Love & sex in YA lit: THE COMPLICATED
Our friends, Em & Nora (who we like to call “Em & No”), recently launched a site for grown-ups about young adult literature called LoveYALit.com*, since (according to the New York Times) more and more people 18-and-over are enjoying books originally intended for the 18-and-under set. Of course, books about teens, the most hormonal among us, often deal with issues of first romantic relationships and sexual awakenings — and reading them as adults can emotionally transport us back to our own teenage years, when those things were really new and exciting, dramatic and traumatic. So we asked Em & Nora to give us a sampling of the good, the bad and the complicated of YA love and sex. We published the good and the bad earlier, here’s the complicated:
- The Twilight Saga by Stephenie Meyer (2005-2008) – There’s no denying the boatloads of otherworldly passion in these four fast-paced novels. But the ultimate message — “Don’t do it ‘til you’re married and even then you’ll end up with the horrors of childbirth” — sucked (pun intended). Plus, after the first three thick books tease the reader with relentlessly frustrating sexual tension, the post-wedding union in book four is a total let down in the details department! Also, vampire Edward and werewolf Jacob come across as controlling, possessive lovers while narrator Bella is an insecure, indecisive damsel in distress who needs a lot of rescuing (at least in the first three books).
- Gossip Girl Series by Cecily von Ziegesar (2002-2009) — Most of the sex in these books is casual, devoid of any real emotion, and without consequence, which is a big negative for the majority of people who believe shared sexuality — especially among young adults — should be a little more meaningful. On the plus side, it’s good old-fashioned trash! And, refreshingly, some of the characters are gay, bi, and/or questioning. (We are truly hoping that Chuck and Dan will also explore their bi sides on the TV show; they already hinted at Chuck’s penchant for dudes, but it looks like network TV is only willing to show girls kissing girls at this point.) Check out our full review on LoveYALit.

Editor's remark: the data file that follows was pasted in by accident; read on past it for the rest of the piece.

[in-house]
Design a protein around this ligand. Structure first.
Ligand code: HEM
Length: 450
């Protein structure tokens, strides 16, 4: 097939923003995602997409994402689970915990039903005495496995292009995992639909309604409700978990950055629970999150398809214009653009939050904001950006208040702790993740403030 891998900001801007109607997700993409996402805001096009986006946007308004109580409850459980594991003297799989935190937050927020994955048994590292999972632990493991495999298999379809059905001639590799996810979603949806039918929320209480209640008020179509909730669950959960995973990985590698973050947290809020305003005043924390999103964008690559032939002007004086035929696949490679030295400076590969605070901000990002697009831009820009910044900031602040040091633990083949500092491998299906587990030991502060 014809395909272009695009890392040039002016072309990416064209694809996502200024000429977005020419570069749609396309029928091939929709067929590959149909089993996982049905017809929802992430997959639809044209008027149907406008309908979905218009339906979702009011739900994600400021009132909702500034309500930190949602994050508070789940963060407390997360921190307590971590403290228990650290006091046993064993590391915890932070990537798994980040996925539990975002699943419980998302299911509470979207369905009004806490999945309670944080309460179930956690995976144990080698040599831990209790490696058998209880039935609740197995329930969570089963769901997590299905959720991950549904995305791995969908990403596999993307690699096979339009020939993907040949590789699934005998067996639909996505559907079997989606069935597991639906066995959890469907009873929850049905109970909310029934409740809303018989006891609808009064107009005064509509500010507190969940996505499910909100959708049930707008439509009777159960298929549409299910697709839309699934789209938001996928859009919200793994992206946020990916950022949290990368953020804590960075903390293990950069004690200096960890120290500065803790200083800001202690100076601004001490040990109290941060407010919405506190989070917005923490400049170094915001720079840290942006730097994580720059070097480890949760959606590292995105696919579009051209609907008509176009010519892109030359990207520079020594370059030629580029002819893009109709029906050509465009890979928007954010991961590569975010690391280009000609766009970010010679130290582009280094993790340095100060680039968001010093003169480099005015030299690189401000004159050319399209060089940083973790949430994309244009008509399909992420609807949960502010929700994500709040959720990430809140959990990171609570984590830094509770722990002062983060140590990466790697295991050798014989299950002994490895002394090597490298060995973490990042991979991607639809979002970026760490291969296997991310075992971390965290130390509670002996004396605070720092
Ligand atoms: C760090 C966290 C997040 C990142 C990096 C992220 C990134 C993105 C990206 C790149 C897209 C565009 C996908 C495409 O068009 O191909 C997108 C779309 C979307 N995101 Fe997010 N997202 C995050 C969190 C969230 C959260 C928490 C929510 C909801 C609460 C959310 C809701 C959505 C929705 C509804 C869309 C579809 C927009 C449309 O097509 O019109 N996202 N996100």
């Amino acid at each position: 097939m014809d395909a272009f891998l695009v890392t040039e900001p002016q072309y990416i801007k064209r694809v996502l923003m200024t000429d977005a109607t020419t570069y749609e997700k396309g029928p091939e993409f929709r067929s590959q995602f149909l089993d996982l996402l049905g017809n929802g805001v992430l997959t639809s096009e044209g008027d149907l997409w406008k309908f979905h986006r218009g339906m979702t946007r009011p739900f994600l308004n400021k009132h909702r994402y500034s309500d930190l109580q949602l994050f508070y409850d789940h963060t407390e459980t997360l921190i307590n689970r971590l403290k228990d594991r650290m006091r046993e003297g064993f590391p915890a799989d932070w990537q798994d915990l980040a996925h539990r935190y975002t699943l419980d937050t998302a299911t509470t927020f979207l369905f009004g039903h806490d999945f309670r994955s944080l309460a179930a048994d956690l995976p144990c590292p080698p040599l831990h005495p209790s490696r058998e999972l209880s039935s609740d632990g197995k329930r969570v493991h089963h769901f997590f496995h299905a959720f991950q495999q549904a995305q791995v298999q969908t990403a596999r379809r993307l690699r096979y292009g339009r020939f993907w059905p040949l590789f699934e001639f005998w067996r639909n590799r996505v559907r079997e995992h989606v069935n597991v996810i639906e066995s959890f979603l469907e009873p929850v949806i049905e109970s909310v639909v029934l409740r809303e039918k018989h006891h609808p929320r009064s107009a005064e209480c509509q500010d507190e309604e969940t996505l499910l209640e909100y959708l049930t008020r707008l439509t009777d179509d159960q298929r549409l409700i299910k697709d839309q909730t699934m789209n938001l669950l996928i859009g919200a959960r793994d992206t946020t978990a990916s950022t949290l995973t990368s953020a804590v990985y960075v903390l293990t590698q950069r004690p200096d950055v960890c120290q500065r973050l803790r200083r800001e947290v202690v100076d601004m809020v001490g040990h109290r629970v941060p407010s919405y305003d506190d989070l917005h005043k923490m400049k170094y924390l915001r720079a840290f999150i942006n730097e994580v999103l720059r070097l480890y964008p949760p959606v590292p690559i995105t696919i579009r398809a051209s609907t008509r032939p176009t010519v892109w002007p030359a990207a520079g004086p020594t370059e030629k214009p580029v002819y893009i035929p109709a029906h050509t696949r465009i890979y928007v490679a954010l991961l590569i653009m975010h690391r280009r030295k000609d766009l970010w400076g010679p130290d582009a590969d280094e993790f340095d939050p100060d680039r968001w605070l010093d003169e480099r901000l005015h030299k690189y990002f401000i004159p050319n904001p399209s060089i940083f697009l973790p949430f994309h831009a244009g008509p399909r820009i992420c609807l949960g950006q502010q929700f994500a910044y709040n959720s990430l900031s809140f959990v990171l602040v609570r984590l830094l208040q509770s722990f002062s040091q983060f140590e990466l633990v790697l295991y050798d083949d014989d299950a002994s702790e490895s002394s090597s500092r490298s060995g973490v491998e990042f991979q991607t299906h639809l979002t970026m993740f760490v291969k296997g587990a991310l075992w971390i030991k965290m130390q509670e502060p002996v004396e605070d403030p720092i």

- 100 Strokes of the Brush Before Bed by Melissa P. (2003) — This book is sick! It’s a totally readable crossover title (in this case, adult fiction with Y.A. appeal) about a young girl’s sexual awakening that’s based on the teenage diaries of the author who was only 18 when the book was first released in Italy. While the pleasure from the sex itself can be seen as empowering, the men she has it with are often older, more experienced, and more powerful than she is. Statutory rape, anyone?
- Nothing Like You by Lauren Strasnick (2009) — When Holly loses her virginity to a popular boy at school, she assumes it to be a one-night-stand but they continue to have secret sex in her bedroom late at night. The sneaking around is exciting, but their relationship is complicated: he’s got a girlfriend whom Holly actually likes, he’s becoming increasingly creepy and controlling, and she seems to be using sex to fill the emotional void left after her mother’s death. Plus, she would do so much better for herself by dating her buddy Nils.
- Every Time a Rainbow Dies by Rita Williams-Garcia (2000) – After chasing off her rapists and helping her home, Thulani becomes fascinated with Ysa and seeks her out. His desire for her is complicated by the fact that his dreams of her are more vivid due to his having seen her naked body following her rape. When Ysa and Thulani finally have sex, he worries that he will hurt her. She does feel pain, but it is a pain rooted in desire and consent, as opposed to the pain of violence and oppression.
*As adults writing about sexuality in YA, Em & Nora of LoveYALit.com want to make it clear that they believe if a young adult does have sex, it should be safe, sober and consensual with another young adult.
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